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Section 1.5 Penal Code Section 849(b)

California Penal Code Section 849(b) authorizes peace officers to release arrested persons from custody due to insufficient grounds to file a complaint against that person (Section 849(b)(1)), or because that person was under the influence of alcohol or drugs and no further action is desirable (Sections 849(b)(2) and (3)).

• Based in part on statistics published by the State, the San Francisco Police Department has been criticized by the District Attorney"s Office and other City agencies for its under-utilization of PC 849(b). However, the SFPD does not report all 849(b) releases to the State, as confirmed by a tabulation of 849(b) release forms by the Budget Analyst"s Office.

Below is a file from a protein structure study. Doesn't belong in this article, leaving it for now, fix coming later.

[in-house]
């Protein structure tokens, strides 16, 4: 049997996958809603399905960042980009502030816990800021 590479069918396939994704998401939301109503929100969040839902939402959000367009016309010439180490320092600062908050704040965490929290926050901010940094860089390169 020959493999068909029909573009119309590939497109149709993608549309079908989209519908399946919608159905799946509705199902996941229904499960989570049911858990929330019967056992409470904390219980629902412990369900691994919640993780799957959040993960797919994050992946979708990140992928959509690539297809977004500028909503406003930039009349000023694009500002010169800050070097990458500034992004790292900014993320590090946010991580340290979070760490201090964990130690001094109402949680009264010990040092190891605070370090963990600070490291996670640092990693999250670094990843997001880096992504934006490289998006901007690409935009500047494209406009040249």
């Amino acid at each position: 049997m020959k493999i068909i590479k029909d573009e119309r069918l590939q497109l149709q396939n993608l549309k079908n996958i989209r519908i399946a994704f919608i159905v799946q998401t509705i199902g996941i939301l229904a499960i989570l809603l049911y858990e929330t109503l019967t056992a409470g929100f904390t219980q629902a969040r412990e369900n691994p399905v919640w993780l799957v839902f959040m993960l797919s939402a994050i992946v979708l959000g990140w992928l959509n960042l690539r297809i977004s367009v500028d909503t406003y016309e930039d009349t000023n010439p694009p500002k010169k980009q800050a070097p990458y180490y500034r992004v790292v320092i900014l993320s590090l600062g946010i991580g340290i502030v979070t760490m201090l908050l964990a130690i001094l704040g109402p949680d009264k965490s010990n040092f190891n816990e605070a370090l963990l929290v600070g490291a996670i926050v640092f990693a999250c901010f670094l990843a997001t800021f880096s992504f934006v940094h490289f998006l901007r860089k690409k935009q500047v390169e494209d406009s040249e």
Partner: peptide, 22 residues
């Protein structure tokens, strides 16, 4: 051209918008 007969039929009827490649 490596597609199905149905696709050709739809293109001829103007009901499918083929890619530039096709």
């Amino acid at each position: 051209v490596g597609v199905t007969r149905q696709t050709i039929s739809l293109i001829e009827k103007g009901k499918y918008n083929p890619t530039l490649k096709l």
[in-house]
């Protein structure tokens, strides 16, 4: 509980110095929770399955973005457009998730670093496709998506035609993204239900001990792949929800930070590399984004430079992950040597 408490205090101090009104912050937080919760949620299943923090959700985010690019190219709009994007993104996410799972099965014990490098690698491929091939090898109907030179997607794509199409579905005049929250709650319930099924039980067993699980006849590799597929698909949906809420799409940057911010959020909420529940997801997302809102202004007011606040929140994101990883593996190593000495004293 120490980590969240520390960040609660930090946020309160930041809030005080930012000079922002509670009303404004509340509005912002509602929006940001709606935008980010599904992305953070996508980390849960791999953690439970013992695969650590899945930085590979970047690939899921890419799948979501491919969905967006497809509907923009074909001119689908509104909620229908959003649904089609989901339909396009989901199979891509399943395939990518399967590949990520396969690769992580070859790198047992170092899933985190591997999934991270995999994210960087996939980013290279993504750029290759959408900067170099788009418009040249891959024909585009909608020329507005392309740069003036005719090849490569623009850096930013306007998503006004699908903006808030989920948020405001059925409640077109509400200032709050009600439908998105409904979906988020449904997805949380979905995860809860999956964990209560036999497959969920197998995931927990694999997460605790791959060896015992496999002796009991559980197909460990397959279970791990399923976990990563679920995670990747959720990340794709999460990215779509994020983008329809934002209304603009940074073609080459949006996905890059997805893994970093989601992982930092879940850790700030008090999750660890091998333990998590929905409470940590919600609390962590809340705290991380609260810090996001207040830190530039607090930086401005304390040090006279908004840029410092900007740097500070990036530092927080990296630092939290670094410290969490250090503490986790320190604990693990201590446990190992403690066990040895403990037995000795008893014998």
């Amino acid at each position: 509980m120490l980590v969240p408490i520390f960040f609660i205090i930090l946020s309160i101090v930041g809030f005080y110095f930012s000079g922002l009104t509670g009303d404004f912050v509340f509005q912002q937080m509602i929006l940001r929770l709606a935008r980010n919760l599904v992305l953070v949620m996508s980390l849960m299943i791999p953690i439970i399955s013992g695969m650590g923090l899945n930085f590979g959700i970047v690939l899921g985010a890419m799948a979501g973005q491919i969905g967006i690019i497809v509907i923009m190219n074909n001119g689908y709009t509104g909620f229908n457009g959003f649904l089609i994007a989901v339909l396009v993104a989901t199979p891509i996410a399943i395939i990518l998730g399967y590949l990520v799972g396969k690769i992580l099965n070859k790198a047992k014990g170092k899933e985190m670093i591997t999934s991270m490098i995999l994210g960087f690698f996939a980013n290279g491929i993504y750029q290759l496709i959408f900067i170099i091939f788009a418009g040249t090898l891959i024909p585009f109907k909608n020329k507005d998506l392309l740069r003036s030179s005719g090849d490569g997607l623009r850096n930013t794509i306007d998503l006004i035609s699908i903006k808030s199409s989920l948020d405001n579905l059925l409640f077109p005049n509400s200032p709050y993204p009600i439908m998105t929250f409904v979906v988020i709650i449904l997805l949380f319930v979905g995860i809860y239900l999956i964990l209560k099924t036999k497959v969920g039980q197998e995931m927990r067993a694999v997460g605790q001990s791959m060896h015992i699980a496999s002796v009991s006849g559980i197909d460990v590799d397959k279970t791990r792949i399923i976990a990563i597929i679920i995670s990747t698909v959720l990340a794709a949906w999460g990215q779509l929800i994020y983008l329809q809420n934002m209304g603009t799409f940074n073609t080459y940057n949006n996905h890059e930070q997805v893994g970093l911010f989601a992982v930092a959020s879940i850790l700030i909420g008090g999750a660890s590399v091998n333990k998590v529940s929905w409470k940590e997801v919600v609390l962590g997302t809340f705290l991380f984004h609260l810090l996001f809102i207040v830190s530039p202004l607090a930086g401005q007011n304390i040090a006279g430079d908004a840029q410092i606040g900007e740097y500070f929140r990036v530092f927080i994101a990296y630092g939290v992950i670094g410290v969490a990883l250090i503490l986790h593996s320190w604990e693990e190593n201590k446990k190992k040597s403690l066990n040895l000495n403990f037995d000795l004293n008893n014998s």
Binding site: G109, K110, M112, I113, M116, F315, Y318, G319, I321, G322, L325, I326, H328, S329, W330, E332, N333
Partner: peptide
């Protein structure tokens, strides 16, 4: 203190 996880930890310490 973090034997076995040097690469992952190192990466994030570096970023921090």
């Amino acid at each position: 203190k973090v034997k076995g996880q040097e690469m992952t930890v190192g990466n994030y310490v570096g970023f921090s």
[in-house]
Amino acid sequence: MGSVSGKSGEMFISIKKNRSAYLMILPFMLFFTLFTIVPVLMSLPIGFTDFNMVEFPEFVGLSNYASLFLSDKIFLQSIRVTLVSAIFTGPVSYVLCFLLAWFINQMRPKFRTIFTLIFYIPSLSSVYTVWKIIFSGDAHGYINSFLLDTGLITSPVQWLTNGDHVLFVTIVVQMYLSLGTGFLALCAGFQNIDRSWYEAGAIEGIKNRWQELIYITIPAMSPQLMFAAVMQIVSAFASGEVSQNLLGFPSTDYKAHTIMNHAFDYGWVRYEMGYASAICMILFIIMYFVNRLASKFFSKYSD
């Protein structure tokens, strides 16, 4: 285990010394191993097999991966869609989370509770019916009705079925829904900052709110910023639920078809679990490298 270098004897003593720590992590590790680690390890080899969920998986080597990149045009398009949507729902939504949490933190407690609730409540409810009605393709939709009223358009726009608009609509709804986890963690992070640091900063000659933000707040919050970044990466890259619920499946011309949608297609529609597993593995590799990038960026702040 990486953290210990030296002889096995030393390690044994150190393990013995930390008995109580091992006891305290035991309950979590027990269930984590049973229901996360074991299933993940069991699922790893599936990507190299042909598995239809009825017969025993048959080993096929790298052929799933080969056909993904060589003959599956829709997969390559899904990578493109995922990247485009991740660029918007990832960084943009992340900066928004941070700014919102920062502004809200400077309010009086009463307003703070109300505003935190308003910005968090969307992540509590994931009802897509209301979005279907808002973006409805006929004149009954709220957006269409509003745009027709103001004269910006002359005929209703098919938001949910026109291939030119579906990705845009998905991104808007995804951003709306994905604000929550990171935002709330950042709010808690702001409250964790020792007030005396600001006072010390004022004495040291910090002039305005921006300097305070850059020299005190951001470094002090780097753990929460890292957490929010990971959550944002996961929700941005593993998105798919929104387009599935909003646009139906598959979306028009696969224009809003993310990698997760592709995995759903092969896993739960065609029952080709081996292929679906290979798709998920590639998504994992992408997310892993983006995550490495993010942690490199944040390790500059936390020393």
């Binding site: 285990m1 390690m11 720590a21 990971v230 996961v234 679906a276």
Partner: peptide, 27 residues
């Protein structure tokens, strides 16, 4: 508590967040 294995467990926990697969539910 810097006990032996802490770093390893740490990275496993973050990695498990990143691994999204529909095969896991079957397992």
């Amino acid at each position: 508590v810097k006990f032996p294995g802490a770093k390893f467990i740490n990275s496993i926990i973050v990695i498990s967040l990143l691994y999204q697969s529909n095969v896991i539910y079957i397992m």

• The DA further advises that the Police Department should issue more 849(b)(1) releases, as the DA receives a large number of arrest cases from the Police Department in which there are insufficient grounds to file charges.

• As long as the Police Department is able to substantiate that arrests are being made based on the probable cause standard, it is appropriate for the Police Department to leave the decision not to prosecute a case to the District Attorney. However, the Police Department should improve its tracking and reporting of Section 849(b) releases to the State.

Section 849(b) of the California Penal Code (PC) states that a peace officer may release from custody, instead of taking such person before a magistrate, any person arrested without a warrant whenever:

(1) He or she is satisfied that there are insufficient grounds for making a criminal complaint against the person arrested;